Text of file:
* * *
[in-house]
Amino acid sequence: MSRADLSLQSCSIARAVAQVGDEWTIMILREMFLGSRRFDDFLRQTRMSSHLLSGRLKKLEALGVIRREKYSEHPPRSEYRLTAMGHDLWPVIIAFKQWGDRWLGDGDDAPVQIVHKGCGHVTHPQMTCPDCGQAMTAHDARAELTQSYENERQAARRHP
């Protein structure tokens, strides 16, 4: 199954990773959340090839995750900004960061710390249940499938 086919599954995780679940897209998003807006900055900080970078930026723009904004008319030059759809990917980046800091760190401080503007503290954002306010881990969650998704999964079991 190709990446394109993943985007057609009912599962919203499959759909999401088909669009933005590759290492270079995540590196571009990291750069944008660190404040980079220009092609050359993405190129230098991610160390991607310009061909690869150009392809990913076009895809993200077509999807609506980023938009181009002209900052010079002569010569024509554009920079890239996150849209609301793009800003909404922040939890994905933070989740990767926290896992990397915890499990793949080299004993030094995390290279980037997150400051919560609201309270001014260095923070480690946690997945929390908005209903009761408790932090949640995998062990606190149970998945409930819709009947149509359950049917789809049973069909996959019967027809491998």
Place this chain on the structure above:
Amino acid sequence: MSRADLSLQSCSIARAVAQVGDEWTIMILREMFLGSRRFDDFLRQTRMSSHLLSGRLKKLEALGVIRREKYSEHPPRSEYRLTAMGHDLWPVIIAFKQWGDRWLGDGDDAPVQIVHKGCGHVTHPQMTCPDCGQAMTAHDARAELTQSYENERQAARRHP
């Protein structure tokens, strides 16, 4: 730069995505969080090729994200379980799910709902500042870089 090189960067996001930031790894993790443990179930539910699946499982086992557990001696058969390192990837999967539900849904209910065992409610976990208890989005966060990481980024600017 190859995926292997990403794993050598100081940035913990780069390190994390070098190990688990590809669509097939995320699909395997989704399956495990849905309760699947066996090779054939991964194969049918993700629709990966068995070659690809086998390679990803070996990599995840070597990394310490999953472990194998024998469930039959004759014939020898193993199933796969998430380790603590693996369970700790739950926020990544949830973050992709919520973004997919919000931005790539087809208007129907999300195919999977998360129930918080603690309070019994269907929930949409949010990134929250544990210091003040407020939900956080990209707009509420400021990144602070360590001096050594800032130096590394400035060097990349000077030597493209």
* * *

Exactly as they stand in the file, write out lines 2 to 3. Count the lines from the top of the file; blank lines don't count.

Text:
Amino acid sequence: MSRADLSLQSCSIARAVAQVGDEWTIMILREMFLGSRRFDDFLRQTRMSSHLLSGRLKKLEALGVIRREKYSEHPPRSEYRLTAMGHDLWPVIIAFKQWGDRWLGDGDDAPVQIVHKGCGHVTHPQMTCPDCGQAMTAHDARAELTQSYENERQAARRHP
């Protein structure tokens, strides 16, 4: 199954990773959340090839995750900004960061710390249940499938 086919599954995780679940897209998003807006900055900080970078930026723009904004008319030059759809990917980046800091760190401080503007503290954002306010881990969650998704999964079991 190709990446394109993943985007057609009912599962919203499959759909999401088909669009933005590759290492270079995540590196571009990291750069944008660190404040980079220009092609050359993405190129230098991610160390991607310009061909690869150009392809990913076009895809993200077509999807609506980023938009181009002209900052010079002569010569024509554009920079890239996150849209609301793009800003909404922040939890994905933070989740990767926290896992990397915890499990793949080299004993030094995390290279980037997150400051919560609201309270001014260095923070480690946690997945929390908005209903009761408790932090949640995998062990606190149970998945409930819709009947149509359950049917789809049973069909996959019967027809491998």